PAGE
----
It is no secret that the success of the current stepped up military effort and operation in Afghanistan ultimately depends on Pakistan. The Obama administration realized this point long ago when it called its strategy “AF-PAK” in order to underline the fact that Afghanistan and Pakistan are part of the same problem.
A favorite joke in Washington is that the strategy should have been called PAK-PAK because the real stakes behind Afghanistan are really almost totally related to Pakistan. This is not surprising. Whenever the American people question the logic of their country’s involvement in Afghanistan, they are told that failure in Afghanistan would mean “losing Pakistan.” Needless to say, this would be a much more daunting strategic failure because of Pakistan’s nuclear weapons.
An Islamic regime in Pakistan which could unleash regional and international mayhem is the ultimate nightmare in Washington. This is perhaps why the arrest of the Afghan Taliban’s military chief, Mollah Baradar, in the Pakistani city of Karachi was heralded by American media as a very encouraging sign. More than anything else, this development showed that Pakistan’s army and intelligence is now fully on board with effort to contain the Taliban in Afghanistan.
Washington understands that success in Afghanistan will be determined in the southern Pashtun belt on the border with Pakistan and that NATO forces desperately need the cooperation of Pakistan’s army to achieve that. Without Pakistan’s help, it would be impossible to fight the Taliban and al-Qaeda effectively. This is also perhaps why Turkey’s contribution to the war effort is analyzed by criteria other than a mere contribution of troops.
To be sure, Washington would welcome more Turkish troops in Afghanistan. But what makes a Turkish contribution more valuable is its “soft power” in both Afghanistan and Pakistan. This is something that secularist hard-liners do not like to hear, but such power is essentially rooted in Turkey’s Muslim identity and particularly the Islamic roots of the current government in Turkey. For instance, the Financial Times reported last week that “NATO officials also often talk of a fuller engagement with Pakistan by using member Turkey, a Muslim majority state, and its diplomats as facilitators in Islamabad.”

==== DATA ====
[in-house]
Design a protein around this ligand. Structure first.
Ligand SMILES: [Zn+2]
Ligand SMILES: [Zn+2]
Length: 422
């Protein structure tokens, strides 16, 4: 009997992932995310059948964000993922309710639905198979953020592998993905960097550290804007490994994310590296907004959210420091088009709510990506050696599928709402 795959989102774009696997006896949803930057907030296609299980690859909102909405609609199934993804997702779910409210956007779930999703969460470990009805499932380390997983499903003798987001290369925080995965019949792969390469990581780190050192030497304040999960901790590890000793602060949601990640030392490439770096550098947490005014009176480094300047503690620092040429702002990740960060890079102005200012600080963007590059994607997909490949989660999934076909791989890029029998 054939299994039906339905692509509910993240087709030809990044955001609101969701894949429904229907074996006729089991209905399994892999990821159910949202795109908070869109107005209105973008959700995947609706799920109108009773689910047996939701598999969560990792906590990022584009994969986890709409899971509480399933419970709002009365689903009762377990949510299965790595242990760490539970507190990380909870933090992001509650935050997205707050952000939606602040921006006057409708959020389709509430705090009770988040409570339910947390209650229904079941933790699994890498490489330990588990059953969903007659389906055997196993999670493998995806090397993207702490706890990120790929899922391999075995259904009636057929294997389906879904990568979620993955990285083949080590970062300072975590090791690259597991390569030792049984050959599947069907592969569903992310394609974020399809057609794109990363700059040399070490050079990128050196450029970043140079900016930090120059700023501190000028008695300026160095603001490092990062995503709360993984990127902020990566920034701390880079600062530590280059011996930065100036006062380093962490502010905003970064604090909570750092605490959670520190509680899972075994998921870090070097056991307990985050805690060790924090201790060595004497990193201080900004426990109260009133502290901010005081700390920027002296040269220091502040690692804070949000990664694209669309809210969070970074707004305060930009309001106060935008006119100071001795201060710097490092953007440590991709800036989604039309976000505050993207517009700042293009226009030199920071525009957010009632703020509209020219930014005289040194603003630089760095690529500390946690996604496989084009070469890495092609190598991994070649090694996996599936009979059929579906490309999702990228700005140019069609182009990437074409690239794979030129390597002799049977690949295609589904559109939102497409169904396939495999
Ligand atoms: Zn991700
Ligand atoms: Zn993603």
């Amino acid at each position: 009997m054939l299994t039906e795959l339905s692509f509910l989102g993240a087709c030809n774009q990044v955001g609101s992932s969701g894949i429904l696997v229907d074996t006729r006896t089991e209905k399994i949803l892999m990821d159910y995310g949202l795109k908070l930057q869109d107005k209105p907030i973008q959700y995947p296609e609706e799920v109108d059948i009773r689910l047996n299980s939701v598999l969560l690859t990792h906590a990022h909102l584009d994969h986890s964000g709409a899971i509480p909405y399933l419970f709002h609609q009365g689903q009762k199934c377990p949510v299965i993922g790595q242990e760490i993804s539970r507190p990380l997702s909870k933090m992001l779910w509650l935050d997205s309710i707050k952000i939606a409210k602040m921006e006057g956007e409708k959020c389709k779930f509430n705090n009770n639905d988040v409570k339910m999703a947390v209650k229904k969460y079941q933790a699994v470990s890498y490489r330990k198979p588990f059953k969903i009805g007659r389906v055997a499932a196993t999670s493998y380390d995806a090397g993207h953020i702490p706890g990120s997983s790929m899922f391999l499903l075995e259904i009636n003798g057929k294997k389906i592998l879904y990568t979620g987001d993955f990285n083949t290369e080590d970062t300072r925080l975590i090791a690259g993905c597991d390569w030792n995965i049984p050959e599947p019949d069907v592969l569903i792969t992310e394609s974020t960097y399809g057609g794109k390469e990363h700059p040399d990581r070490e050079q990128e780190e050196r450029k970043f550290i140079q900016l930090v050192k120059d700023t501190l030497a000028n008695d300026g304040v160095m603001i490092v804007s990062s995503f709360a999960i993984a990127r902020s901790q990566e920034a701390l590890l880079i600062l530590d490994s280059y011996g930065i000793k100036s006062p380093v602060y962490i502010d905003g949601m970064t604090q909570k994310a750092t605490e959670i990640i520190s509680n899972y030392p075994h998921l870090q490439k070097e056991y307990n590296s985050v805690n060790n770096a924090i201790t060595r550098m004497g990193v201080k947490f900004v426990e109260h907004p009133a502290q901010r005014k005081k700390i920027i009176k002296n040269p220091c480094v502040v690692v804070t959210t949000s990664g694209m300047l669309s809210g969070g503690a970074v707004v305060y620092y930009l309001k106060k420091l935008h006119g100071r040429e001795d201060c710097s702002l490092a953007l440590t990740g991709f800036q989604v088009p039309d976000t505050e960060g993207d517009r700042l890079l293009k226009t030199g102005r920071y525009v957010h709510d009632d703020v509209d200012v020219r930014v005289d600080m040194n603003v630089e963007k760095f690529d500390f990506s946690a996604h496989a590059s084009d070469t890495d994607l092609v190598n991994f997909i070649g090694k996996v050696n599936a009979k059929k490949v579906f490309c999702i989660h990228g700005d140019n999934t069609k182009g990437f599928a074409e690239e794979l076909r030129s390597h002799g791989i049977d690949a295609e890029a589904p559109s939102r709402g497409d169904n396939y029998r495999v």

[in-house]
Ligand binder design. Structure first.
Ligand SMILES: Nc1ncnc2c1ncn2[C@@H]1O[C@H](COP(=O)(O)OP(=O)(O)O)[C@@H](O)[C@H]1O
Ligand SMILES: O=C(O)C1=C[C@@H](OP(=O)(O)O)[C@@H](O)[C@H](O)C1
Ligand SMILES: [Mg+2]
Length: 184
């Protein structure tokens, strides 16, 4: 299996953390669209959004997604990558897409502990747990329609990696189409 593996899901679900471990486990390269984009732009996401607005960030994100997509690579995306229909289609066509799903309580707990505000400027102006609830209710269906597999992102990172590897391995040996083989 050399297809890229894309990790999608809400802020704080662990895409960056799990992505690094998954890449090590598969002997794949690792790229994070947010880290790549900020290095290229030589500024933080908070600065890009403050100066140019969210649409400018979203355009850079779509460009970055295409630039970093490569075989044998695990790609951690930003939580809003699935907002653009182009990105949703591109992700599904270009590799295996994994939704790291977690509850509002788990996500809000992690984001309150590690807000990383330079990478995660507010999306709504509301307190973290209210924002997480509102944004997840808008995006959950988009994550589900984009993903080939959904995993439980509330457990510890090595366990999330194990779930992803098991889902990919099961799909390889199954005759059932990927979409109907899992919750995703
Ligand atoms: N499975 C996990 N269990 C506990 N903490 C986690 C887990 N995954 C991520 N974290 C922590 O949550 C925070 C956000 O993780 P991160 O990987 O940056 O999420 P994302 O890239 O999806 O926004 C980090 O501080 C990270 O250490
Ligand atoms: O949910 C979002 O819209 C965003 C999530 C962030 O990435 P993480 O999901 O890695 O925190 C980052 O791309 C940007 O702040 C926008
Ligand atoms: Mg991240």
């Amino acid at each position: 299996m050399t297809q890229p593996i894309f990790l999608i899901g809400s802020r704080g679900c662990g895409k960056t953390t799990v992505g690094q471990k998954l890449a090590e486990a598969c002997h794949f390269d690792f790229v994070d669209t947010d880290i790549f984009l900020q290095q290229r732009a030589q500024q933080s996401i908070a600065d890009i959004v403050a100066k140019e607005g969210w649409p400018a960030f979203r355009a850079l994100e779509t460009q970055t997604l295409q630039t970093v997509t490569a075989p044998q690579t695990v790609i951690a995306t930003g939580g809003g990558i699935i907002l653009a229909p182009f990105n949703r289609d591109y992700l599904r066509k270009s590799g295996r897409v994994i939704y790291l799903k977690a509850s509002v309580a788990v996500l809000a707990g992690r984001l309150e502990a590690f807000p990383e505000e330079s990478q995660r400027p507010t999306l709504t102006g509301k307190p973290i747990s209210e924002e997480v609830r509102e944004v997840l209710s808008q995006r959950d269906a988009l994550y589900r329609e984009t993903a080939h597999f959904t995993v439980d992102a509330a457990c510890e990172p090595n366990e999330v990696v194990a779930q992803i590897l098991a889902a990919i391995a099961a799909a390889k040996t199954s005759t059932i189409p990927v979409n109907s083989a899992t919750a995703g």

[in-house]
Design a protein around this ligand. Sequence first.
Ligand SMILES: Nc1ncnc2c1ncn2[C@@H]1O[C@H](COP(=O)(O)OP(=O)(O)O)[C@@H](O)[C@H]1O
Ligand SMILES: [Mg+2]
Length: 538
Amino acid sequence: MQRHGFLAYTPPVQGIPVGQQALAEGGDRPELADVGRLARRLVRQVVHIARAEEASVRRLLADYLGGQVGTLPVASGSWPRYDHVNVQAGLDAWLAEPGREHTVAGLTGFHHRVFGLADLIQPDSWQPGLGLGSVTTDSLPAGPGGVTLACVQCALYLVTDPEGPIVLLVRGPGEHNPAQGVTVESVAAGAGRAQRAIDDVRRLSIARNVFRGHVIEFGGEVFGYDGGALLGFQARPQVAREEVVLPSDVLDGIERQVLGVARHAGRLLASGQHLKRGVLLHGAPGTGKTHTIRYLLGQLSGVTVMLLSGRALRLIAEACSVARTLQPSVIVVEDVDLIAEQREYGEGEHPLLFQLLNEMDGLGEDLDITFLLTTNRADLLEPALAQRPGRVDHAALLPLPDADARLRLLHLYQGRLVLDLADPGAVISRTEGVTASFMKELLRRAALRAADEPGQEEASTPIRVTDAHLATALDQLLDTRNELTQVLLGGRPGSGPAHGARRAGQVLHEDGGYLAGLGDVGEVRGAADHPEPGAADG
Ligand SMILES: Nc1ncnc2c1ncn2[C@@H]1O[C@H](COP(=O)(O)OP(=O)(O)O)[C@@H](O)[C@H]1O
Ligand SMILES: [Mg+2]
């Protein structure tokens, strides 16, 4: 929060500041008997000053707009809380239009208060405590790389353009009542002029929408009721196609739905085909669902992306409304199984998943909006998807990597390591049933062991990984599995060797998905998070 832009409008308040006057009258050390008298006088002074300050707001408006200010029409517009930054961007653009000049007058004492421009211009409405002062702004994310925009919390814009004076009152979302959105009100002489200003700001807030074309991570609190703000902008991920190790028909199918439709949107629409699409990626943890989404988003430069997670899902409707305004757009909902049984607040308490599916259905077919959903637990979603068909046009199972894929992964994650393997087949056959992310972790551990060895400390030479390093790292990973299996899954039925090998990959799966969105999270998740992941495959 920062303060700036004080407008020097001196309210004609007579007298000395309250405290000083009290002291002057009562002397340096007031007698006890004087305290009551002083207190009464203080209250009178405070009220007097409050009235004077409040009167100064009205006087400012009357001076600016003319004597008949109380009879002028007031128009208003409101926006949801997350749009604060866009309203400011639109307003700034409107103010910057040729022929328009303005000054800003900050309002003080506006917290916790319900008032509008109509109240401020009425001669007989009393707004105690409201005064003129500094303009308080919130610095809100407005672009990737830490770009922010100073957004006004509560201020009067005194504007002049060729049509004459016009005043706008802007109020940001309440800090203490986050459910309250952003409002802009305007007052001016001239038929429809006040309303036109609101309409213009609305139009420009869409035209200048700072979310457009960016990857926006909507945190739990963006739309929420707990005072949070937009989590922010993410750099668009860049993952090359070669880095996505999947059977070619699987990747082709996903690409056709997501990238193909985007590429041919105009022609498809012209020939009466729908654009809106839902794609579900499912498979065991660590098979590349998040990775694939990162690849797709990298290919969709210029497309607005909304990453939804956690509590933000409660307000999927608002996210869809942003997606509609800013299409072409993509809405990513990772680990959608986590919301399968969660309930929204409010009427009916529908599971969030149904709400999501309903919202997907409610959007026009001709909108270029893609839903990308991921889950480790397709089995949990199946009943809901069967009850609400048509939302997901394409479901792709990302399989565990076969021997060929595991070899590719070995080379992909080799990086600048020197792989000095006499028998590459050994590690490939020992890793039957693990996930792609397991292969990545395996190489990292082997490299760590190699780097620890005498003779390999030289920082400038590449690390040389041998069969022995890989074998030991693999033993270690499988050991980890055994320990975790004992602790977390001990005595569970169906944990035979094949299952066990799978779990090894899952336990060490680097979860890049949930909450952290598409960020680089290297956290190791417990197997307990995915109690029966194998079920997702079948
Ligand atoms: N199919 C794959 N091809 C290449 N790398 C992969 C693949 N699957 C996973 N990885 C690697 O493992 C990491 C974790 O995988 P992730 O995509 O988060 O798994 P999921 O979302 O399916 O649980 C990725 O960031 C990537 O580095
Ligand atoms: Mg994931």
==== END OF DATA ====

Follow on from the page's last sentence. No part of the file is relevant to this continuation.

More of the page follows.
Turkey is probably the best envoy the West can find to talk to Pakistan about the need to change its old habits of using Islamist ideology and loyalty to militant group such as the Taliban in order to exert influence over Afghanistan. No doubt, this is easier said than done. But there are some signs that Islamabad is slowly realizing that the Afghan Taliban, the Pakistani Taliban and militant groups sponsored and abetted to strike at arch-rival India (such as Lashkar-e-Taiba, which was behind last year’s Mumbai terrorist attacks) are all part of the same threat. Further evidence that the strategy is working is the capture on Pakistani soil of Mollah Baradar. After decades of supporting Islamist groups in neighboring India and Afghanistan, this is the first major sign that there may be a change of heart in Pakistan. After all, the Taliban was in some measure a creation of Pakistan as it sought to expand its influence into Afghanistan at the end of the Cold War.
Yet the real test is what happens next. Will Pakistan’s army and civil society maintain its efforts against radical Islamist militants? Or will it opt to use these recent arrests to sway off pressure from the international community? Much will be determined by how the Pakistani Taliban and other radical extremist networks react. Terrorist attacks within Pakistan itself may sap the will of the army and internal intelligence to dismantle their networks. It would also be prudent not to read too much into the arrest of one individual such as Mollah Baradar. The leadership of such movements has a remarkable ability to recreate itself, as we have seen in the case of Pakistani Taliban leader Baitullah Mehsud’s quick replacement by Hakimullah Mehsud.
At the end of the day, what both Afghanistan and Pakistan need is better governance. This requires not only security and stability but also some modicum of economic development with jobs and services. This is another area where Turkey’s soft power comes into play. Most analysts agree that Turkish companies and construction firms are the first to take serious risks in the region in order to improve infrastructure projects. Only time will tell if such efforts will contribute to long-term success in the AF-PAK strategy of the West. For now, what we have is “cautious optimism.”